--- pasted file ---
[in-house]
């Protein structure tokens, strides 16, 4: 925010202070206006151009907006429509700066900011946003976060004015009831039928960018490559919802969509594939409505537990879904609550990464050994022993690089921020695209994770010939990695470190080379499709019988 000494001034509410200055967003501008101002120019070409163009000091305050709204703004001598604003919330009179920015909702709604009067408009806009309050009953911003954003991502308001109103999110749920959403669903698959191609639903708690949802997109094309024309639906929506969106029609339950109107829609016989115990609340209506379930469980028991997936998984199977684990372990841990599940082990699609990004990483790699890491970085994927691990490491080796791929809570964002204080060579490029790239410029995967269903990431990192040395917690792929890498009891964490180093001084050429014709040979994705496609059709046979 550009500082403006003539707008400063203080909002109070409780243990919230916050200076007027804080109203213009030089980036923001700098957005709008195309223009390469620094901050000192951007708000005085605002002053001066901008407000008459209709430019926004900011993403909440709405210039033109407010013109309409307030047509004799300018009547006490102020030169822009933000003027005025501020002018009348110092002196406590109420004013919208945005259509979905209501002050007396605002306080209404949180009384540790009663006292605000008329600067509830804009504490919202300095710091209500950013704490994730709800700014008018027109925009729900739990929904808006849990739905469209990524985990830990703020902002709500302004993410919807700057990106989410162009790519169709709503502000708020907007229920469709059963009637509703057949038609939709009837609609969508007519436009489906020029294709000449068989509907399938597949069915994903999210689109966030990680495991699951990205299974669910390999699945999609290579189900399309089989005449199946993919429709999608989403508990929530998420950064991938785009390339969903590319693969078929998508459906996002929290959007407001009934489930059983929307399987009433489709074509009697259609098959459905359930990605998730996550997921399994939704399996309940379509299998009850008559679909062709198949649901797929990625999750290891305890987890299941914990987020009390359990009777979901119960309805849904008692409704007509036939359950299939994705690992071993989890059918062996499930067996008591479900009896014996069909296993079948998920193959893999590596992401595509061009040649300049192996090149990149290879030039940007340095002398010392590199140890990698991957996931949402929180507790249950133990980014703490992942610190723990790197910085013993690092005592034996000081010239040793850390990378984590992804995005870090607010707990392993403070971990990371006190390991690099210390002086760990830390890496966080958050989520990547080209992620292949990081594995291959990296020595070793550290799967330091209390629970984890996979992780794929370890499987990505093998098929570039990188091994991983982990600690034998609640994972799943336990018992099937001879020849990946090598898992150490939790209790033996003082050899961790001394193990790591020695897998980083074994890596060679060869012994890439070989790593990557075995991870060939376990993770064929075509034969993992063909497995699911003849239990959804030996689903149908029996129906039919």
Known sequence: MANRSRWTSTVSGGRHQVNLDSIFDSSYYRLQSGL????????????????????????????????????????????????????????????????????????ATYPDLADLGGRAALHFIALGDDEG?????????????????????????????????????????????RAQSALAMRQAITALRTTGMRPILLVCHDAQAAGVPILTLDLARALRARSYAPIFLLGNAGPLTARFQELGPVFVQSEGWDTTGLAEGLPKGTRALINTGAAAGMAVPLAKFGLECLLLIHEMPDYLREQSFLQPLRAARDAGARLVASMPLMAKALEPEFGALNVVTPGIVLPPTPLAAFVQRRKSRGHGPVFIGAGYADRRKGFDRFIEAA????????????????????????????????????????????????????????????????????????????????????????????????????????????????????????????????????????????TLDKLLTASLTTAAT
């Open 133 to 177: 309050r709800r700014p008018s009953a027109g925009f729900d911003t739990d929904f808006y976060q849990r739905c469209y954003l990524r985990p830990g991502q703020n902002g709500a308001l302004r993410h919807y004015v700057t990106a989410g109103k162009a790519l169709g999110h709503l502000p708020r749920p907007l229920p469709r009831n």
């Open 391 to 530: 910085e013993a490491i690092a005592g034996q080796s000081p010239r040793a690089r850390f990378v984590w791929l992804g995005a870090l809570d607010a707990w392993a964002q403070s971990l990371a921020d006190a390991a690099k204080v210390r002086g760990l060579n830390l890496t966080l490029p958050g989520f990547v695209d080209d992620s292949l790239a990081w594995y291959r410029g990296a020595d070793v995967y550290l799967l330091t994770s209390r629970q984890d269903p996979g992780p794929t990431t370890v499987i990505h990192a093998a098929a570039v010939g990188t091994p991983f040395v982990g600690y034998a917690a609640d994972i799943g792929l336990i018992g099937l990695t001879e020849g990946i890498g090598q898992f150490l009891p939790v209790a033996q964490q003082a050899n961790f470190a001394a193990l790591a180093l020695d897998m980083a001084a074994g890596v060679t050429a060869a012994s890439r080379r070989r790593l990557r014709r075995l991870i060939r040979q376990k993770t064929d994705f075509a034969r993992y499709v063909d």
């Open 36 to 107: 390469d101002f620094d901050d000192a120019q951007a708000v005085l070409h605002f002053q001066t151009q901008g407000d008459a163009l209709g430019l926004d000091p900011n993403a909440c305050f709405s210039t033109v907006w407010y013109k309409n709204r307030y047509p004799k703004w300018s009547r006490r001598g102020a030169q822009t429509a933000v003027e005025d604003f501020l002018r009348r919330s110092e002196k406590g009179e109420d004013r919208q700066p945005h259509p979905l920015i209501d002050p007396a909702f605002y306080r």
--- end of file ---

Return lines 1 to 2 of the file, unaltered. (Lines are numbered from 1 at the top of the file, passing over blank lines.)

[in-house]
């Protein structure tokens, strides 16, 4: 925010202070206006151009907006429509700066900011946003976060004015009831039928960018490559919802969509594939409505537990879904609550990464050994022993690089921020695209994770010939990695470190080379499709019988 000494001034509410200055967003501008101002120019070409163009000091305050709204703004001598604003919330009179920015909702709604009067408009806009309050009953911003954003991502308001109103999110749920959403669903698959191609639903708690949802997109094309024309639906929506969106029609339950109107829609016989115990609340209506379930469980028991997936998984199977684990372990841990599940082990699609990004990483790699890491970085994927691990490491080796791929809570964002204080060579490029790239410029995967269903990431990192040395917690792929890498009891964490180093001084050429014709040979994705496609059709046979 550009500082403006003539707008400063203080909002109070409780243990919230916050200076007027804080109203213009030089980036923001700098957005709008195309223009390469620094901050000192951007708000005085605002002053001066901008407000008459209709430019926004900011993403909440709405210039033109407010013109309409307030047509004799300018009547006490102020030169822009933000003027005025501020002018009348110092002196406590109420004013919208945005259509979905209501002050007396605002306080209404949180009384540790009663006292605000008329600067509830804009504490919202300095710091209500950013704490994730709800700014008018027109925009729900739990929904808006849990739905469209990524985990830990703020902002709500302004993410919807700057990106989410162009790519169709709503502000708020907007229920469709059963009637509703057949038609939709009837609609969508007519436009489906020029294709000449068989509907399938597949069915994903999210689109966030990680495991699951990205299974669910390999699945999609290579189900399309089989005449199946993919429709999608989403508990929530998420950064991938785009390339969903590319693969078929998508459906996002929290959007407001009934489930059983929307399987009433489709074509009697259609098959459905359930990605998730996550997921399994939704399996309940379509299998009850008559679909062709198949649901797929990625999750290891305890987890299941914990987020009390359990009777979901119960309805849904008692409704007509036939359950299939994705690992071993989890059918062996499930067996008591479900009896014996069909296993079948998920193959893999590596992401595509061009040649300049192996090149990149290879030039940007340095002398010392590199140890990698991957996931949402929180507790249950133990980014703490992942610190723990790197910085013993690092005592034996000081010239040793850390990378984590992804995005870090607010707990392993403070971990990371006190390991690099210390002086760990830390890496966080958050989520990547080209992620292949990081594995291959990296020595070793550290799967330091209390629970984890996979992780794929370890499987990505093998098929570039990188091994991983982990600690034998609640994972799943336990018992099937001879020849990946090598898992150490939790209790033996003082050899961790001394193990790591020695897998980083074994890596060679060869012994890439070989790593990557075995991870060939376990993770064929075509034969993992063909497995699911003849239990959804030996689903149908029996129906039919």